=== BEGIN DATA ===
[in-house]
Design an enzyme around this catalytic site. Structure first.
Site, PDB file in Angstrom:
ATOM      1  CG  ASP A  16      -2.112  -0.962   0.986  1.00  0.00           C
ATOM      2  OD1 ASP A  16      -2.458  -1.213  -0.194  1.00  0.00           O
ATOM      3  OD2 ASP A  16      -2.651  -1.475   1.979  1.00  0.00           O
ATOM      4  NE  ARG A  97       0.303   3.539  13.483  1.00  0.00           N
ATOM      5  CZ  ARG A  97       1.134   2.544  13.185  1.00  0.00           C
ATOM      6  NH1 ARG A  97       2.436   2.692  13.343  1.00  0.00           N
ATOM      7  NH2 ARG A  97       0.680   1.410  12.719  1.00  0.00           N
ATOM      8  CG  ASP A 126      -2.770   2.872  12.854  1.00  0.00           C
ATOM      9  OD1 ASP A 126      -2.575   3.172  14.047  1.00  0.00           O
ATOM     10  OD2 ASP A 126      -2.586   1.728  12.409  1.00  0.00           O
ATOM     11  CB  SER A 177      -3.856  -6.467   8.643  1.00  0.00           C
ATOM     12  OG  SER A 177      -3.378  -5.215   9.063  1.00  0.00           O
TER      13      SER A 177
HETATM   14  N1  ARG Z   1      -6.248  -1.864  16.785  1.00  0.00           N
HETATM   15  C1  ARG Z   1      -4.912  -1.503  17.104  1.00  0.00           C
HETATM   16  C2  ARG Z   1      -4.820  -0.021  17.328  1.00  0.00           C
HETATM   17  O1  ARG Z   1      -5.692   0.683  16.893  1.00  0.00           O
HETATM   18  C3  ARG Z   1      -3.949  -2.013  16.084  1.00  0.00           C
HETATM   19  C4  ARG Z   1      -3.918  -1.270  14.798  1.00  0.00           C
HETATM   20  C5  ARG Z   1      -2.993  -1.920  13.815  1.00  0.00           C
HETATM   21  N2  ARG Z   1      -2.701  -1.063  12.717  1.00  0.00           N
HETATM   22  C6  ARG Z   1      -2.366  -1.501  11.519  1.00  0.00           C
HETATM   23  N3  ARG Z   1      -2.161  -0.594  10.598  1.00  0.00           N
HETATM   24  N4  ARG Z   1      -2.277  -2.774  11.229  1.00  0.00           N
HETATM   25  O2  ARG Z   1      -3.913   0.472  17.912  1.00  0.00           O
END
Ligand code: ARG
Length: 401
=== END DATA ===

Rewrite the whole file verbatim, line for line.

[in-house]
Design an enzyme around this catalytic site. Structure first.
Site, PDB file in Angstrom:
ATOM      1  CG  ASP A  16      -2.112  -0.962   0.986  1.00  0.00           C
ATOM      2  OD1 ASP A  16      -2.458  -1.213  -0.194  1.00  0.00           O
ATOM      3  OD2 ASP A  16      -2.651  -1.475   1.979  1.00  0.00           O
ATOM      4  NE  ARG A  97       0.303   3.539  13.483  1.00  0.00           N
ATOM      5  CZ  ARG A  97       1.134   2.544  13.185  1.00  0.00           C
ATOM      6  NH1 ARG A  97       2.436   2.692  13.343  1.00  0.00           N
ATOM      7  NH2 ARG A  97       0.680   1.410  12.719  1.00  0.00           N
ATOM      8  CG  ASP A 126      -2.770   2.872  12.854  1.00  0.00           C
ATOM      9  OD1 ASP A 126      -2.575   3.172  14.047  1.00  0.00           O
ATOM     10  OD2 ASP A 126      -2.586   1.728  12.409  1.00  0.00           O
ATOM     11  CB  SER A 177      -3.856  -6.467   8.643  1.00  0.00           C
ATOM     12  OG  SER A 177      -3.378  -5.215   9.063  1.00  0.00           O
TER      13      SER A 177
HETATM   14  N1  ARG Z   1      -6.248  -1.864  16.785  1.00  0.00           N
HETATM   15  C1  ARG Z   1      -4.912  -1.503  17.104  1.00  0.00           C
HETATM   16  C2  ARG Z   1      -4.820  -0.021  17.328  1.00  0.00           C
HETATM   17  O1  ARG Z   1      -5.692   0.683  16.893  1.00  0.00           O
HETATM   18  C3  ARG Z   1      -3.949  -2.013  16.084  1.00  0.00           C
HETATM   19  C4  ARG Z   1      -3.918  -1.270  14.798  1.00  0.00           C
HETATM   20  C5  ARG Z   1      -2.993  -1.920  13.815  1.00  0.00           C
HETATM   21  N2  ARG Z   1      -2.701  -1.063  12.717  1.00  0.00           N
HETATM   22  C6  ARG Z   1      -2.366  -1.501  11.519  1.00  0.00           C
HETATM   23  N3  ARG Z   1      -2.161  -0.594  10.598  1.00  0.00           N
HETATM   24  N4  ARG Z   1      -2.277  -2.774  11.229  1.00  0.00           N
HETATM   25  O2  ARG Z   1      -3.913   0.472  17.912  1.00  0.00           O
END
Ligand code: ARG
Length: 401